One feature of those years, emblematic at the time but somewhat forgotten following worse atrocities, was the ritualized humiliation of political opponents by fascist gangs. As well as beatings and other torments, political opponents to the fascists were habitually held down and had castor oil, a strong laxative, forced down their throats. The obvious upshot of this was swift public humiliation as the victim soiled themselves in public [6].

Castor oil seems to have made its debut as a weapon of the far right in the hands of Gabriele D'Annunzio, a flamboyant, rebellious Mussolini-prototype, who's maverick reputation helped to give this ugly treatment an image of defiance and even puckish humour [7]. By the time the fascist movement had adopted castor oil measures, far more brutal and dangerous men had come to symbolize its reality, such as radical fascist leader Roberto Farinacci, dubbed 'the castor oil man' due to his devotion to the use of what he called 'the golden nectar of nausea' [8].

All authoritarians seek to humiliate and degrade their opponents, but what separates the Fascist castor oil treatment from, say, Nazis forcing yellow stars of David onto Jews and Maoists parading 'reactionaries' in dunce caps, is the utter lack of any political message accompanying the violation. Most other political insults at least attempt to tie their actions to a theory or specific rebuke, emphasizing their own correctness and their opponent's lowness. In a sense, this lacking was reflective of the nature of Italian fascism in itself. Devoid of a serious, coherent philosophy, the movement relied on fetishized spontaneity, like uncontrollable laughter, a superior individual leader, like the prankster, and a hapless, unworthy victim, like the butt of a cruel joke.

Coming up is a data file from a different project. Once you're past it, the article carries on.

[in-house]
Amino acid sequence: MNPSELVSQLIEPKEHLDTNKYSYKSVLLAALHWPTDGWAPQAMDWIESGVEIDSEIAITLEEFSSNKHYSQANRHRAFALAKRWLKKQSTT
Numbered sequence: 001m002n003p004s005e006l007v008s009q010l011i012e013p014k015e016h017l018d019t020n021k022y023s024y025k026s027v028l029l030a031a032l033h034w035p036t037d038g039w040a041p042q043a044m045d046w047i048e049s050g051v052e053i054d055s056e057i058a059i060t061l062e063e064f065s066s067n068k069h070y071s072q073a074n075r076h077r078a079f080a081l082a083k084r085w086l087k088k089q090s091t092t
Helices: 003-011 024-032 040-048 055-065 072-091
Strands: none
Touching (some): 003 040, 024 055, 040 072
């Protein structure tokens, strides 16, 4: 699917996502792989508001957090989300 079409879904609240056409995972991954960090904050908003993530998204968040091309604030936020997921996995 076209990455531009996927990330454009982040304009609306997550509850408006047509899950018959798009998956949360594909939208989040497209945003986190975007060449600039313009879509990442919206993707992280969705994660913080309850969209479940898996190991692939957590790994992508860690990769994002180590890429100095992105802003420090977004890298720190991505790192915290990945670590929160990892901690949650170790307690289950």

Trump is not Mussolini, nor is his movement fascist, but it shares with Italian fascism the refuge of cruel, empty humour within which it finds solace and sanctuary in a false sense of victory. Any doubts his followers might have are drowned out under waves of mocking laughter, and his enemies are delegitimized not by logical debate but by being hounded out with chanted nicknames.

More worryingly, the use of castor oil disgracing was not the only violence inflicted by the fascists. Though this unusual punishment may have occupied outside observers with its bizarre, almost humorous image, it accompanied, and hid, a dark strain of serious violence and murder within the fascist movement, and potentially softened up a population to the cruelties of the regime.

Trump's insults and his fan's trolling get headlines, but real violence has been carried out as well, domestically and in foreign policy. At some point, as with Mussolini, the joke, and the nausea, are going to have to be put aside, and the real nature of their inflictors has to be confronted.


Sources:

[1] Reuters (2017), Highlights of Reuters interview with Trump, http://www.reuters.com/article/us-usa-trump-interv...

[2] BBC News (2017), Donald Trump attacks US media at 100-day Pennsylvania rally, http://www.bbc.co.uk/news/world-us-canada-39760283

[3] ABC News (2016), From 'Crooked Hillary' to 'Little Marco,' Donald Trump's Many Nicknames, http://abcnews.go.com/Politics/crooked-hillary-mar...

[4] Roberts. R, The Independent (2017), Steve Bannon 'calls Jared Kushner a cuck behind his back', http://www.independent.co.uk/news/world/americas/s...

[5] Blinkhorn. M (1994) Mussolini and Fascist Italy, P. 17

[6] Strange History (2014) Mussolini's Secret Weapon: Castor Oil, http://www.strangehistory.net/2014/11/03/mussolini...

[7] Toilet Guru (2010) Italian Fascists and Their Coercive Use of Laxatives as Political Weapons, http://toilet-guru.com/castor-oil.php

[8] See Note 6